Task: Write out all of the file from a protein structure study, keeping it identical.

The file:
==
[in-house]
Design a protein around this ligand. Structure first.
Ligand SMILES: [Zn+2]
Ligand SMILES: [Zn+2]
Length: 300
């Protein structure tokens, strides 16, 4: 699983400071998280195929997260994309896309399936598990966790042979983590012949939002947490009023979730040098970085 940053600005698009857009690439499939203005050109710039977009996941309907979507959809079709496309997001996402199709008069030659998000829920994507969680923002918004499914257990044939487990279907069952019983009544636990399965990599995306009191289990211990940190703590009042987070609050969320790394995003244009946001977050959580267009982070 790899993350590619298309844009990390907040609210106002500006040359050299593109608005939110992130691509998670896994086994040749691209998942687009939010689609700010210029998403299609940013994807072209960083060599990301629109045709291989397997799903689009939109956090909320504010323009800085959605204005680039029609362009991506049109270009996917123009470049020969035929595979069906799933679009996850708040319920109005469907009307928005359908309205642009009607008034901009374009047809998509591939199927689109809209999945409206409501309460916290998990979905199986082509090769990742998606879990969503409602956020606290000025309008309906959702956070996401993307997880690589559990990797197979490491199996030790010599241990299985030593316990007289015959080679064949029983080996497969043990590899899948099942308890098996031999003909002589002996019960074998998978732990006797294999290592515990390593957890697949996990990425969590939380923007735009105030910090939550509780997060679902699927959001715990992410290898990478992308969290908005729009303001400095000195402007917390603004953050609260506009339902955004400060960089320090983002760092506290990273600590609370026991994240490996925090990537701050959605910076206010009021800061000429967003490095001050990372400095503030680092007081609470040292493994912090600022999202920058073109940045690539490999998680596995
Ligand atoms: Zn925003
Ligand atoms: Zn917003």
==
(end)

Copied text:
[in-house]
Design a protein around this ligand. Structure first.
Ligand SMILES: [Zn+2]
Ligand SMILES: [Zn+2]
Length: 300
């Protein structure tokens, strides 16, 4: 699983400071998280195929997260994309896309399936598990966790042979983590012949939002947490009023979730040098970085 940053600005698009857009690439499939203005050109710039977009996941309907979507959809079709496309997001996402199709008069030659998000829920994507969680923002918004499914257990044939487990279907069952019983009544636990399965990599995306009191289990211990940190703590009042987070609050969320790394995003244009946001977050959580267009982070 790899993350590619298309844009990390907040609210106002500006040359050299593109608005939110992130691509998670896994086994040749691209998942687009939010689609700010210029998403299609940013994807072209960083060599990301629109045709291989397997799903689009939109956090909320504010323009800085959605204005680039029609362009991506049109270009996917123009470049020969035929595979069906799933679009996850708040319920109005469907009307928005359908309205642009009607008034901009374009047809998509591939199927689109809209999945409206409501309460916290998990979905199986082509090769990742998606879990969503409602956020606290000025309008309906959702956070996401993307997880690589559990990797197979490491199996030790010599241990299985030593316990007289015959080679064949029983080996497969043990590899899948099942308890098996031999003909002589002996019960074998998978732990006797294999290592515990390593957890697949996990990425969590939380923007735009105030910090939550509780997060679902699927959001715990992410290898990478992308969290908005729009303001400095000195402007917390603004953050609260506009339902955004400060960089320090983002760092506290990273600590609370026991994240490996925090990537701050959605910076206010009021800061000429967003490095001050990372400095503030680092007081609470040292493994912090600022999202920058073109940045690539490999998680596995
Ligand atoms: Zn925003
Ligand atoms: Zn917003």